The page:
I bought some gorgeous wool from Estonia. It's Finull from Ulles awesome sheep (see here: Vana-Olevi). Notice "gorgeous" and "awesome"? :) I don't know how to describe the wool otherwise. Look:
A closer look at the scoured brown wool:
And the raw black wool with the incredible crimp:
I have been thinking I won't scour the white wool, but will wash a sample and see how it behaves. I have never seen so clean wool before. It's winter wool! It should be felted and foul, but it's open and airy, a joy to kindly pat. It would be a shame to make it felt by washing it.
I'll start working with these wools next week. I have a few more orange Finnwool batts to card. This particular Finnwool is also of a gorgeous quality, but I'm not allowed to tell where I got it. It's rare nowadays. This is the wool I dyed some weeks ago and showed here: acid dyed Finnwool drying.
I have a plan. I'll spin the Finull and the Finnwool into yarns I can use together in a sweater. Please be patient with me, it'll take some time.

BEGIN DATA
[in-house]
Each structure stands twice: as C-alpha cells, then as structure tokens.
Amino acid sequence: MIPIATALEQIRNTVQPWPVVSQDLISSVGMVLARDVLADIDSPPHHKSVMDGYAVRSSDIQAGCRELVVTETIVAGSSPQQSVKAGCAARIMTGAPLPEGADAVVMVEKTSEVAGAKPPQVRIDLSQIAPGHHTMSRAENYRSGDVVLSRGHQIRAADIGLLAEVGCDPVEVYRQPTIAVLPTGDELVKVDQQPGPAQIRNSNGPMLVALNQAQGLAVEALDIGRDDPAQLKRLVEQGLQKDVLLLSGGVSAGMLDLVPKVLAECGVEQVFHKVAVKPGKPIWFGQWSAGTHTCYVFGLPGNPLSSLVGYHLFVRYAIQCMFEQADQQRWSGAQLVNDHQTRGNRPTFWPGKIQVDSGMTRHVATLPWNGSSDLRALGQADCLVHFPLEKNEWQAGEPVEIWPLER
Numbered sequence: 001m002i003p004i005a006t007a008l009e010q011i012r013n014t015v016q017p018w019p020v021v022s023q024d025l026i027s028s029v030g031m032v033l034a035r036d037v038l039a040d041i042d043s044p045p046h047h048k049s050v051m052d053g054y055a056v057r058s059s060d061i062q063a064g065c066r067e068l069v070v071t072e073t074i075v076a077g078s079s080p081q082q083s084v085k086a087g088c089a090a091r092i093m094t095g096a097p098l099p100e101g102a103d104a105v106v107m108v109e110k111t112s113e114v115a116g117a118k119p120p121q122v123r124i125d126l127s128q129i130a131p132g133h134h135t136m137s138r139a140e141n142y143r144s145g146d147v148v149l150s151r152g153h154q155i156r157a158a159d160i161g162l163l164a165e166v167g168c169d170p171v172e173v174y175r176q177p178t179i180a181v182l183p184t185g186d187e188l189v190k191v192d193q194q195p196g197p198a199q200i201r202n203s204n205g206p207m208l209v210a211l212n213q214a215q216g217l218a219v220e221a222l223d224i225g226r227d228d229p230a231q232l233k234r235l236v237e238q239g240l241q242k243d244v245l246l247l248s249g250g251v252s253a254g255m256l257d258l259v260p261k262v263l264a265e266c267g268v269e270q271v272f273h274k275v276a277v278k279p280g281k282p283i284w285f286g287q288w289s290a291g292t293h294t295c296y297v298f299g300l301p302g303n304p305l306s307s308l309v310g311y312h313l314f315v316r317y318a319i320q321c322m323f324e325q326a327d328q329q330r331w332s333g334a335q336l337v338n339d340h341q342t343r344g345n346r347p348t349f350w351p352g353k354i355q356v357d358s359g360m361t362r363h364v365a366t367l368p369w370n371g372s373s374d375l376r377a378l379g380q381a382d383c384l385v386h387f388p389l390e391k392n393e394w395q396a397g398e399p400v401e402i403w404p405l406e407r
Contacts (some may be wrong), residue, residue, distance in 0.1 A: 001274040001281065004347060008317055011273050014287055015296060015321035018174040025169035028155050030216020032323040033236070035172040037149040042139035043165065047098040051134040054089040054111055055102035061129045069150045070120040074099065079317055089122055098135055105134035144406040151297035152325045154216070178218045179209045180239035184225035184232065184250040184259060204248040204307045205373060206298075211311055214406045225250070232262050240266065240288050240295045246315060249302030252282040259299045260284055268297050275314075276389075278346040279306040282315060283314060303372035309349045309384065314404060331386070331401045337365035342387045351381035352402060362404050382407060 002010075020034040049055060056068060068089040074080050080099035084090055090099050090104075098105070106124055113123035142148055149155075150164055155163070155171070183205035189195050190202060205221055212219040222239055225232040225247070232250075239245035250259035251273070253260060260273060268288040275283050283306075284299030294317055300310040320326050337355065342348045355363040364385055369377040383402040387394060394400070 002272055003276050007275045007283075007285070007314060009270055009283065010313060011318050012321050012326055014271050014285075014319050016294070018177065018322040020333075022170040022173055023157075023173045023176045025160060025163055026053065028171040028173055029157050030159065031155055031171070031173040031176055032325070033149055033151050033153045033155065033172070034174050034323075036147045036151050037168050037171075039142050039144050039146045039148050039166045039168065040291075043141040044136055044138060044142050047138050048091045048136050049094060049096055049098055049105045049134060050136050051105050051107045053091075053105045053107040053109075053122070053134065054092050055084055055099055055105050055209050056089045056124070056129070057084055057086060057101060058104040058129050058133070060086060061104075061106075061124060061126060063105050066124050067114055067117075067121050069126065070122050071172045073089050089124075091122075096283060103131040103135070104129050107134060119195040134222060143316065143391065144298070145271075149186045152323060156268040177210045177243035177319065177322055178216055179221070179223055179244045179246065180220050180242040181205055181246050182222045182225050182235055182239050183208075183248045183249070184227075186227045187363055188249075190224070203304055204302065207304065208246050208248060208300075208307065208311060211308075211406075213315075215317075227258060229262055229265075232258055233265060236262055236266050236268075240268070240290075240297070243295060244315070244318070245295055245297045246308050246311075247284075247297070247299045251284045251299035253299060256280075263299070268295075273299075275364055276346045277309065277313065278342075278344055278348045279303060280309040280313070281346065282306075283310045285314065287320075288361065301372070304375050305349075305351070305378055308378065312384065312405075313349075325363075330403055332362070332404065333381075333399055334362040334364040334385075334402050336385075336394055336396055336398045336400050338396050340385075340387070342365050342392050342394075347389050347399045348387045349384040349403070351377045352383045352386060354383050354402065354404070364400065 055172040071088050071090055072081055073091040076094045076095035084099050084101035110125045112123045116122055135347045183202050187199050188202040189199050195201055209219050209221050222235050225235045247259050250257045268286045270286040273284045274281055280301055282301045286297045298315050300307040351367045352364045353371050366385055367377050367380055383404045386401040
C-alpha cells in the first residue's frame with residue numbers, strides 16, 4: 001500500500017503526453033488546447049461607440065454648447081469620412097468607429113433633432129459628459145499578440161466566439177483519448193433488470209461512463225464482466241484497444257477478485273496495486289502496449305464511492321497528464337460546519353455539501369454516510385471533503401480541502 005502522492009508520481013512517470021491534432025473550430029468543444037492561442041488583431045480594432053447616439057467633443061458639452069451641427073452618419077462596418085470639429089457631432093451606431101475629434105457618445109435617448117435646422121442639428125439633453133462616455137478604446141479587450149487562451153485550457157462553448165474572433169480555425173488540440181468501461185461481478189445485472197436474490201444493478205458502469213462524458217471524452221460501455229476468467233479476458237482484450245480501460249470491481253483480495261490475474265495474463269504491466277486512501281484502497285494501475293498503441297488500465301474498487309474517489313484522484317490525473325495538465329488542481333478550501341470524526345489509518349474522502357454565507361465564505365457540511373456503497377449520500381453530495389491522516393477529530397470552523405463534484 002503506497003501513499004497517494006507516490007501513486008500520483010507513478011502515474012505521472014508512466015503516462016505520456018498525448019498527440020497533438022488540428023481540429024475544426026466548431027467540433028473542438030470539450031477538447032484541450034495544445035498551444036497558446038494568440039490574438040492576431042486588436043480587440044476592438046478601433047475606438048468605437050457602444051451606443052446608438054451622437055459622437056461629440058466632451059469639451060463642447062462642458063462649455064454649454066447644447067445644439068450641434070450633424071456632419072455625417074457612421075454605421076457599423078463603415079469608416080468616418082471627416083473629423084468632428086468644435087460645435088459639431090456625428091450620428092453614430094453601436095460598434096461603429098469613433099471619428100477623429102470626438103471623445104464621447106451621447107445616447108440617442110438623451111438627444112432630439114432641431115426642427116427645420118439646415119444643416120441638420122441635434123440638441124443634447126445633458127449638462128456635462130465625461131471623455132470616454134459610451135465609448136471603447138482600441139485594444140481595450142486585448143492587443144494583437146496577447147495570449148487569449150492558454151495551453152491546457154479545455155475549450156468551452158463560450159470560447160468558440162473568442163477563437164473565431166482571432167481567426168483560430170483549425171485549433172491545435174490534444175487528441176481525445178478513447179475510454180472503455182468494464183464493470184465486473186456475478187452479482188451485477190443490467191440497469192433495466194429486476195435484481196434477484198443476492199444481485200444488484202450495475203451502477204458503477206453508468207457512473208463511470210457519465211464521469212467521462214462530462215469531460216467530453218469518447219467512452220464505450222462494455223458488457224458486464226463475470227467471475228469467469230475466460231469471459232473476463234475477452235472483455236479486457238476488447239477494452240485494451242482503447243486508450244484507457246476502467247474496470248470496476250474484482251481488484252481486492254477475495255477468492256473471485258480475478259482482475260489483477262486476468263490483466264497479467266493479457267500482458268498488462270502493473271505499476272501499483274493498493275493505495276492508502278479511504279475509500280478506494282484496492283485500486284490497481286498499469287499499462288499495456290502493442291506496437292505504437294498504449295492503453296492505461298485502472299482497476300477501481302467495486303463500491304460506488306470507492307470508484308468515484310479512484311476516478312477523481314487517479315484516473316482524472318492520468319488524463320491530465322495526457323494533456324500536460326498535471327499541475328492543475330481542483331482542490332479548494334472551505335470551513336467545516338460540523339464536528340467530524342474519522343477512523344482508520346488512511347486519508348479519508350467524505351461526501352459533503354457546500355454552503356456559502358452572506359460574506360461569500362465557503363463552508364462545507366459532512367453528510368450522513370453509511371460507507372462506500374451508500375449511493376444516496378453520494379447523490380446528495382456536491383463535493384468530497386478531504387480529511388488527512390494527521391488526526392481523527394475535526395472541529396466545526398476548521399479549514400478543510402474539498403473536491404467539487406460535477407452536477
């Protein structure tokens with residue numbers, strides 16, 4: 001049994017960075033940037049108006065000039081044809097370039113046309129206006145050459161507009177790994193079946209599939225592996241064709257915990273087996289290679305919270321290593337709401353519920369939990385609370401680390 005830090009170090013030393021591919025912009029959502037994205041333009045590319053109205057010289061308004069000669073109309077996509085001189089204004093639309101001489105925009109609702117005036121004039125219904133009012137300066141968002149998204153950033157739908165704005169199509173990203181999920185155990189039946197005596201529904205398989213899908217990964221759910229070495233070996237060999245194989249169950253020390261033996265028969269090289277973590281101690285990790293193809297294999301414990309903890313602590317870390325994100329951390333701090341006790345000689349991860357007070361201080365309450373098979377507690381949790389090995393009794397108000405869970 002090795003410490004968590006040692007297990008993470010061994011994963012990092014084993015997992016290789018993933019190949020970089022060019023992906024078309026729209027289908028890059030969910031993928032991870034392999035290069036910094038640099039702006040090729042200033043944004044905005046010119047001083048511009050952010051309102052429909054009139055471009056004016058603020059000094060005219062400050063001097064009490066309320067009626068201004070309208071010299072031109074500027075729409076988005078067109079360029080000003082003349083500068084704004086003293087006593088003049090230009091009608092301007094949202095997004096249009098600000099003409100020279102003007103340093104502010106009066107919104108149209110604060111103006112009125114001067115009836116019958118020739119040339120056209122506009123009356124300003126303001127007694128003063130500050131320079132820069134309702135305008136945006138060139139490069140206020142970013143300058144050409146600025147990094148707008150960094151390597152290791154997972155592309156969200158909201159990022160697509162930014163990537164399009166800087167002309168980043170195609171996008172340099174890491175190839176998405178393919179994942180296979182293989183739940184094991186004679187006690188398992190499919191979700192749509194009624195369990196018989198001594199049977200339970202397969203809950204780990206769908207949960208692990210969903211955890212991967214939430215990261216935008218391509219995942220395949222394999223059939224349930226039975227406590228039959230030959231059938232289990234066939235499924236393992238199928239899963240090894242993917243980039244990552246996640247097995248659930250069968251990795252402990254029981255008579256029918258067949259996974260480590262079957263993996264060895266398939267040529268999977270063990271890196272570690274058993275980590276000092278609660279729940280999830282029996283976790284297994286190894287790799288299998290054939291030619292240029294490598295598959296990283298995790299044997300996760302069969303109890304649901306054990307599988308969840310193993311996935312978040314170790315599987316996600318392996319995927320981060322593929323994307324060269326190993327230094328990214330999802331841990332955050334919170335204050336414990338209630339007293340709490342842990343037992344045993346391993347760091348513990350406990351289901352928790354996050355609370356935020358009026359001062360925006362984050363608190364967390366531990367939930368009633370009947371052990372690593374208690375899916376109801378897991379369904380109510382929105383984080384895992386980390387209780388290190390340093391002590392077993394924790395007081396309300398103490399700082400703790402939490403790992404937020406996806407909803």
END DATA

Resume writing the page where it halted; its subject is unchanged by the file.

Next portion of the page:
Finull and Finnwool? Yes, two different breeds from two different countries. Finull is a Swedish sheep with fine wool (that's what the name says, Fine Wool, Finull). Finnwool comes from my countries national breed, Finnsheep. The wool is fine and lustrous.
I find it very typical for our times to spin Swedish wool from Estonia in Finland. I love the thought of it.
I have finished a yarn, even if most of my time is spent on silk. I have a long time project going, ready to show next summer if all goes as planned. But here's the bobbins' ends wool yarn I plied earlier this week:
I had to empty my storage bobbins because there was no empty ones any more so I plied some of them into a 3-ply. That's why the yarn is so uneven. There are thin threads with much twist and thicker ones with less twist, spun on both spinning wheel and spindle. It'll be a nice purse.